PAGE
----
Five Key Lessons from a Horse


On Friday, August 5, I had the honour of participating in the Trailblazer on Fire workshop held by Equine Connections.  Brigitte Lessard, founder of WomenTalk , took all of us board members to experience this workshop to help identify our leadership styles and see how we could best support one another.

The workshop focuses on 6 dynamic skills: Courage, Competence, Creativity, Communication, Collaboration, & Confidence.  What makes this workshop so unique is that the true teachers are the horses not humans.  Horses are incredible teachers because they are fully in the present moment and they will not lie!

Faye SleepyMy first horse named Faye taught me the following:

  1. My internal dialogue needs to match my external actions.  Horses pick up on what we are feeling.  I wasn’t sure how I was going to get this 1,000 lb animal to follow me and hence Faye picked up on my insecurity and did not move.
  2. Force does not equate to movement. I had been told to lead the horse.  I pulled on the rope and the horse did not budge.  I yanked harder and the horse resisted even more.  If something does not want to move for you, pulling against it even harder is not going to make it move any easier and will only cause frustration on your end. Standing in your power not force is the key.
  3. Looking back stops movement forward. When I did get Faye to follow, I looked back and she stopped.  It made me realize that many times when I have established momentum, I look back to the past instead of looking forward and I stop the forward movement.

We did a break and a quick exercise to determine our leadership style and then were paired with someone who had a Comet 2 (1)different style then ourselves and assigned to a horse to do different tasks. This time my teacher’s name was Comet. The lessons continued with Comet including:

  1. The importance of communicating my vision/direction.  In this exercise, my partner and I needed to get Comet to walk over logs on blocks without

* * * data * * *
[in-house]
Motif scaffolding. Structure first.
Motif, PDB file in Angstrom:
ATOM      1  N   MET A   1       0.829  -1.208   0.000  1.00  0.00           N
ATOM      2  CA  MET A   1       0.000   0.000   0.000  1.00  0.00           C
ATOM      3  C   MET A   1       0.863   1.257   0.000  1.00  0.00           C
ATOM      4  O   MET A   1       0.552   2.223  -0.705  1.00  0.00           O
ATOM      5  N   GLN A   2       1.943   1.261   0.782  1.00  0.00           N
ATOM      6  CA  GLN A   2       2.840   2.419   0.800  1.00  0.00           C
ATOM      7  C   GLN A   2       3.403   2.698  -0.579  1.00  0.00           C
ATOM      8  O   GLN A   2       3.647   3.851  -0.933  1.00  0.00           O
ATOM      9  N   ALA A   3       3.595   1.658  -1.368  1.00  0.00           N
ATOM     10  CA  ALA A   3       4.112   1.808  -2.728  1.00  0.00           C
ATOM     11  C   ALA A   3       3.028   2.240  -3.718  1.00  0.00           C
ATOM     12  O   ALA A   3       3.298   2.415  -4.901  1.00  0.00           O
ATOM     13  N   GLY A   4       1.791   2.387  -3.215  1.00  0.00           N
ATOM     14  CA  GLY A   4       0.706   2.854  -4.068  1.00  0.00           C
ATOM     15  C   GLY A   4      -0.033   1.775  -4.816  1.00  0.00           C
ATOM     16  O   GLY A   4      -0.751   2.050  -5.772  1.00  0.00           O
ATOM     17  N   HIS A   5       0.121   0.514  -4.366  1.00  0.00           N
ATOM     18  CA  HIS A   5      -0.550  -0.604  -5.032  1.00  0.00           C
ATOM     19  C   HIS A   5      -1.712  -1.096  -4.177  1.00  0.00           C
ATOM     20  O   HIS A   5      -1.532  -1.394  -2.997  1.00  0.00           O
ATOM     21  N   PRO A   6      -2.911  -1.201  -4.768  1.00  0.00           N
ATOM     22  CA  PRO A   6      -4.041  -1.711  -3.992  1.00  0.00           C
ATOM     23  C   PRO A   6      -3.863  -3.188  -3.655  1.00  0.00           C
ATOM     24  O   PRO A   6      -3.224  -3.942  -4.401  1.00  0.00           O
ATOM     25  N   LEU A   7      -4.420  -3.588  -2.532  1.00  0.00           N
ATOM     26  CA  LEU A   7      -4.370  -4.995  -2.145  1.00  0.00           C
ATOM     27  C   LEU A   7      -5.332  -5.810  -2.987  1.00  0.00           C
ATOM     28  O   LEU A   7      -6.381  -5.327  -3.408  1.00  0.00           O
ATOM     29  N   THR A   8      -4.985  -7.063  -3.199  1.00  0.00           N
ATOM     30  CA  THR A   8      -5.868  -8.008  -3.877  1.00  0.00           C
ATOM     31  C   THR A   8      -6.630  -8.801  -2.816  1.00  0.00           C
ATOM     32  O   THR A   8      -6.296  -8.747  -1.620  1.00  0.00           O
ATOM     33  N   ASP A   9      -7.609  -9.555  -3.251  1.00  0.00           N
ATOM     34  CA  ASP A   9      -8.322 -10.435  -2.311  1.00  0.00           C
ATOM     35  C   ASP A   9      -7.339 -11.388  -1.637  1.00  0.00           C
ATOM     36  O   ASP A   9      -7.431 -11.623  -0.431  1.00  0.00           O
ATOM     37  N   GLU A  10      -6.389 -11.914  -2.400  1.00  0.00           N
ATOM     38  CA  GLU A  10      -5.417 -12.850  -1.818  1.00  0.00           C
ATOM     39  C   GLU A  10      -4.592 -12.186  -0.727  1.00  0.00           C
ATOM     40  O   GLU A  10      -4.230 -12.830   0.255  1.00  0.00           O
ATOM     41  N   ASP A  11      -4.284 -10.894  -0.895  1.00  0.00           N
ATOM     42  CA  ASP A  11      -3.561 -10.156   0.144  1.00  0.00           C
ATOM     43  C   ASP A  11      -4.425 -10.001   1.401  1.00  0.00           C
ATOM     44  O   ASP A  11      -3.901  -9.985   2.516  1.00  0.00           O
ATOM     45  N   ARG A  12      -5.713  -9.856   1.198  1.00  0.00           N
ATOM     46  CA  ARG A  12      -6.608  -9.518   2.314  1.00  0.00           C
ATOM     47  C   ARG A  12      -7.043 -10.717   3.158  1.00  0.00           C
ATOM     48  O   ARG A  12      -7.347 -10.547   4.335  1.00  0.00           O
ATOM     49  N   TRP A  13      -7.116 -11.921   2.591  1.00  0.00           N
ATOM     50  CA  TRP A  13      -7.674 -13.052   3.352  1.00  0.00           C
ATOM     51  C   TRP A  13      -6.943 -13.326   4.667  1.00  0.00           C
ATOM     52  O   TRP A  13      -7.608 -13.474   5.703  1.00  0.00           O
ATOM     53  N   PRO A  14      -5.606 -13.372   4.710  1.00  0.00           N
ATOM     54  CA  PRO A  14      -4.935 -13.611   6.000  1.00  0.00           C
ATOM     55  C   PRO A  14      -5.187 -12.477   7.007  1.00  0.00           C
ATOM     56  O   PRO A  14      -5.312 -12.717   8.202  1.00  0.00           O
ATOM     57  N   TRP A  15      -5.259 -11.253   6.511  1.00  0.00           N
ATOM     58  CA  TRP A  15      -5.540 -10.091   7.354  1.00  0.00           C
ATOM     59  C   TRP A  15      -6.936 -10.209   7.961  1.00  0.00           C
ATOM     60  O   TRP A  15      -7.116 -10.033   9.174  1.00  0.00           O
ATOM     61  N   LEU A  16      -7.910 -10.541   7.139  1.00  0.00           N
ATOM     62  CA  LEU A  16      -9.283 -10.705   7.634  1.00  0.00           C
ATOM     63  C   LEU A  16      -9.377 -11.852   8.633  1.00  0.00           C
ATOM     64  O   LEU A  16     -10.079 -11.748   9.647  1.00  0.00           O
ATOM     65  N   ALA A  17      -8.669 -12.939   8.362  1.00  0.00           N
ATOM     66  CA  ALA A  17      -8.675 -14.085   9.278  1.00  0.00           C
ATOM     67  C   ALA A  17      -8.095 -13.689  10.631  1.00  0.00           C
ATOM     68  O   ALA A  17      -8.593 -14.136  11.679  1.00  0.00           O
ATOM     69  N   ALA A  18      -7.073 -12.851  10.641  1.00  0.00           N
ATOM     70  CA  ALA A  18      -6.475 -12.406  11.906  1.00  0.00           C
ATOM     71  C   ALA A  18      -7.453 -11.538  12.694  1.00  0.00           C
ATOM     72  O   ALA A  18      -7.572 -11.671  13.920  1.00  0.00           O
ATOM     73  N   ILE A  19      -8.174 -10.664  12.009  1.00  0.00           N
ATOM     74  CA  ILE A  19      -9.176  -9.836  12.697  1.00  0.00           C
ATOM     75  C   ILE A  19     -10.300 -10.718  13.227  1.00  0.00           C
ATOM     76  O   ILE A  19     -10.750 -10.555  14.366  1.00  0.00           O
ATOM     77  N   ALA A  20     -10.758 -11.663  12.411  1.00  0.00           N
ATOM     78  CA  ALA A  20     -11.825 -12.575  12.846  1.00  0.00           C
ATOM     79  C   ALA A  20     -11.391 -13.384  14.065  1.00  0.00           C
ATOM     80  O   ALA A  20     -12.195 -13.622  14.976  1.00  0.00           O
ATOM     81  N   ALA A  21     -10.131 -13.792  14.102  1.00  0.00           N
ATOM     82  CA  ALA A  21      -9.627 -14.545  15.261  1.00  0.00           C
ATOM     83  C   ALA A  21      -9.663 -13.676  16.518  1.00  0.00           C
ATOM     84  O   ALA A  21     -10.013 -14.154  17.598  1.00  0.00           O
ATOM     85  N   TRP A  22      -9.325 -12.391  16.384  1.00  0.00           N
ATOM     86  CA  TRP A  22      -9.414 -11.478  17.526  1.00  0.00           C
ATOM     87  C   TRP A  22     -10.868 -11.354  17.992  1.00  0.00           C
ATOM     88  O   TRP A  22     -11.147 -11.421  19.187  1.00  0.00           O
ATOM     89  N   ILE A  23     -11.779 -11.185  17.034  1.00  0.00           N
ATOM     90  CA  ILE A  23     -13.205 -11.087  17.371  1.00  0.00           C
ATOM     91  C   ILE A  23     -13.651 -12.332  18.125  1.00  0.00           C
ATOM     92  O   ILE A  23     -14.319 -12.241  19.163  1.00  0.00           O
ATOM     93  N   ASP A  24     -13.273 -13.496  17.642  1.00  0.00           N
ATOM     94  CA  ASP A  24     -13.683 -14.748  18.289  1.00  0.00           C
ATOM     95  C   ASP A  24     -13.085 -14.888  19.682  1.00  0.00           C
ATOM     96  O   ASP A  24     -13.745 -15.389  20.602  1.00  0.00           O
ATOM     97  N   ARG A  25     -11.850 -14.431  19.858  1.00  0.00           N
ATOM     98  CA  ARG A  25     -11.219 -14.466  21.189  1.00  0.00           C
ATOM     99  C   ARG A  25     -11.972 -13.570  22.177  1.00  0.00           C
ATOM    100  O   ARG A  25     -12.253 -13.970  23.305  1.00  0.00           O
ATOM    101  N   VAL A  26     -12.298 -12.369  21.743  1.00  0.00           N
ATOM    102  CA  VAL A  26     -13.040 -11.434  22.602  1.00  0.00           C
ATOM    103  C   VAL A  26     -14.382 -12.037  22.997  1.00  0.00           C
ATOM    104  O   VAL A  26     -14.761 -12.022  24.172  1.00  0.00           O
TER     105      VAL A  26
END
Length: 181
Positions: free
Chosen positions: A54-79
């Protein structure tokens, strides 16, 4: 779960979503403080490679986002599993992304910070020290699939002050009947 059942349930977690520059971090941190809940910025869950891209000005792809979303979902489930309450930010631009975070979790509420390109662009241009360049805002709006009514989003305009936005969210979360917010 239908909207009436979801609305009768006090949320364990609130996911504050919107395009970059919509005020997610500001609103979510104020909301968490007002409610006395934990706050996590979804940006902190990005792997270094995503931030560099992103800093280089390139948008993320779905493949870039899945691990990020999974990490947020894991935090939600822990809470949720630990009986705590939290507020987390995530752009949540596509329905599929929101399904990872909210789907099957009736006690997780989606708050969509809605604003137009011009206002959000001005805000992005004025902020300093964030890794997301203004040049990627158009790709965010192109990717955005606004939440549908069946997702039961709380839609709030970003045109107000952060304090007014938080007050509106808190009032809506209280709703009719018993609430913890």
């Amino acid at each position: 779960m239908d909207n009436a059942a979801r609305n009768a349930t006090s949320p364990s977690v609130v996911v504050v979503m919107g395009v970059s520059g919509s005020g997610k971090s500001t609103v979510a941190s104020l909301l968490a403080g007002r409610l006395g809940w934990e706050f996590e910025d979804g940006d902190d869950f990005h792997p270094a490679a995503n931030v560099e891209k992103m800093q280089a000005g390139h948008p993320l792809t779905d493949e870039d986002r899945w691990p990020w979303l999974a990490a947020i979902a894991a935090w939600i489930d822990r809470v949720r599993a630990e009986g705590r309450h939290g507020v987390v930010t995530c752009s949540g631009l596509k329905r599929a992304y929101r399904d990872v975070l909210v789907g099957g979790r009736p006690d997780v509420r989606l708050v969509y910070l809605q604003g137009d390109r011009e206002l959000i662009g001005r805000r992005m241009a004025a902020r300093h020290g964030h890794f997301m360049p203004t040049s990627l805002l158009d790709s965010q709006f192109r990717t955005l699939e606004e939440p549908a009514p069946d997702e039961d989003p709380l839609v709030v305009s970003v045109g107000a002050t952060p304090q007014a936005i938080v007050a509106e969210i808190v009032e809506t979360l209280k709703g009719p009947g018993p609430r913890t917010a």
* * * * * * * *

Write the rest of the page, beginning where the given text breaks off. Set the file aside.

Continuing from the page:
knocking over any log.  First attempt, we knocked over all 3 logs.  We were then told to watch where we were looking.  We knocked over 2 logs this time.  Then it clicked.  I needed to communicate to my partner EXACTLY where it was that I was looking so that we could both focus on the same location, and Comet followed with no logs knocked over at all.
  1. Sometimes rules need to be broken to accomplish your goals. In this exercise, there was a ring with a glove in the middle of it for Comet to step on with one hoof.  We were not allowed to step into the ring and what happened was we just kept going around and around in circles.  As the quote by Einstein so eloquently says, “Doing the same thing over and over again and expecting different results is the definition of insanity!”   When we broke the one rule and stepped into the ring, Comet stepped on the glove immediately.  It totally made me realize how many times I have spun in circles trying to accomplish something different, but doing it the same way.

 

My partner who had a different leadership style than me taught me the importance of humour when dealing with problems.

Having a horse as a teacher for a ½ day workshop was a profound experience and one I would highly recommend.  They are having another Trailblazer full day workshop coming up on Saturday, September 17 at Equine Connections.  For more details please visit: http://www.equineconnection.ca/womensworkshops

I have always been a huge advocate that nature is one of our greatest teachers.  Having a horse as a teacher is an absolutely incredible experience.  Don’t miss out on this very unique way to learn.

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Sending sunshine,

Susanne

 

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